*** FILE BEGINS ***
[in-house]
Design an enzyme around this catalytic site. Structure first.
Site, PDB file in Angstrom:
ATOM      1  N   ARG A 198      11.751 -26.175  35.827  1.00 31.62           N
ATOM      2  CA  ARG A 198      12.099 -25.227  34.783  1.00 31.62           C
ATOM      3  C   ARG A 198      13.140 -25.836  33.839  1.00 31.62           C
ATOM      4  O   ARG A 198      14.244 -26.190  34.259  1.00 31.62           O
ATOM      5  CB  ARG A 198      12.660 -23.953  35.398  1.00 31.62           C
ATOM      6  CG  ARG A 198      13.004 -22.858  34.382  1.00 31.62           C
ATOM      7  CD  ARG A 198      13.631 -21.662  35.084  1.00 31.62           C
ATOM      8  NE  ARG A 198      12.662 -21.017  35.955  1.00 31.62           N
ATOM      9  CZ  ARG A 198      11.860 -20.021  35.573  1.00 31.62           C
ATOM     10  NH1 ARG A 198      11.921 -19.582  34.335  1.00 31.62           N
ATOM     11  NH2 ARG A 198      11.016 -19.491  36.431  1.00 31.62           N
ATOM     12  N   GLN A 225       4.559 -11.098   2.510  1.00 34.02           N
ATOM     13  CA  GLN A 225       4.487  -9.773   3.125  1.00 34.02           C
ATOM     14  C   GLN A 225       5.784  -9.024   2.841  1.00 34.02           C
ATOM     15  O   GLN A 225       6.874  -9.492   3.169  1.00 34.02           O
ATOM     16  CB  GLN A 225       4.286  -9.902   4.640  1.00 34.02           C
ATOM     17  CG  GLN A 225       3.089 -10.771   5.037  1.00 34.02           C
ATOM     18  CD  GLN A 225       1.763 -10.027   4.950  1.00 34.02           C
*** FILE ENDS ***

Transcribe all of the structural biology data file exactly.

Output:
[in-house]
Design an enzyme around this catalytic site. Structure first.
Site, PDB file in Angstrom:
ATOM      1  N   ARG A 198      11.751 -26.175  35.827  1.00 31.62           N
ATOM      2  CA  ARG A 198      12.099 -25.227  34.783  1.00 31.62           C
ATOM      3  C   ARG A 198      13.140 -25.836  33.839  1.00 31.62           C
ATOM      4  O   ARG A 198      14.244 -26.190  34.259  1.00 31.62           O
ATOM      5  CB  ARG A 198      12.660 -23.953  35.398  1.00 31.62           C
ATOM      6  CG  ARG A 198      13.004 -22.858  34.382  1.00 31.62           C
ATOM      7  CD  ARG A 198      13.631 -21.662  35.084  1.00 31.62           C
ATOM      8  NE  ARG A 198      12.662 -21.017  35.955  1.00 31.62           N
ATOM      9  CZ  ARG A 198      11.860 -20.021  35.573  1.00 31.62           C
ATOM     10  NH1 ARG A 198      11.921 -19.582  34.335  1.00 31.62           N
ATOM     11  NH2 ARG A 198      11.016 -19.491  36.431  1.00 31.62           N
ATOM     12  N   GLN A 225       4.559 -11.098   2.510  1.00 34.02           N
ATOM     13  CA  GLN A 225       4.487  -9.773   3.125  1.00 34.02           C
ATOM     14  C   GLN A 225       5.784  -9.024   2.841  1.00 34.02           C
ATOM     15  O   GLN A 225       6.874  -9.492   3.169  1.00 34.02           O
ATOM     16  CB  GLN A 225       4.286  -9.902   4.640  1.00 34.02           C
ATOM     17  CG  GLN A 225       3.089 -10.771   5.037  1.00 34.02           C
ATOM     18  CD  GLN A 225       1.763 -10.027   4.950  1.00 34.02           C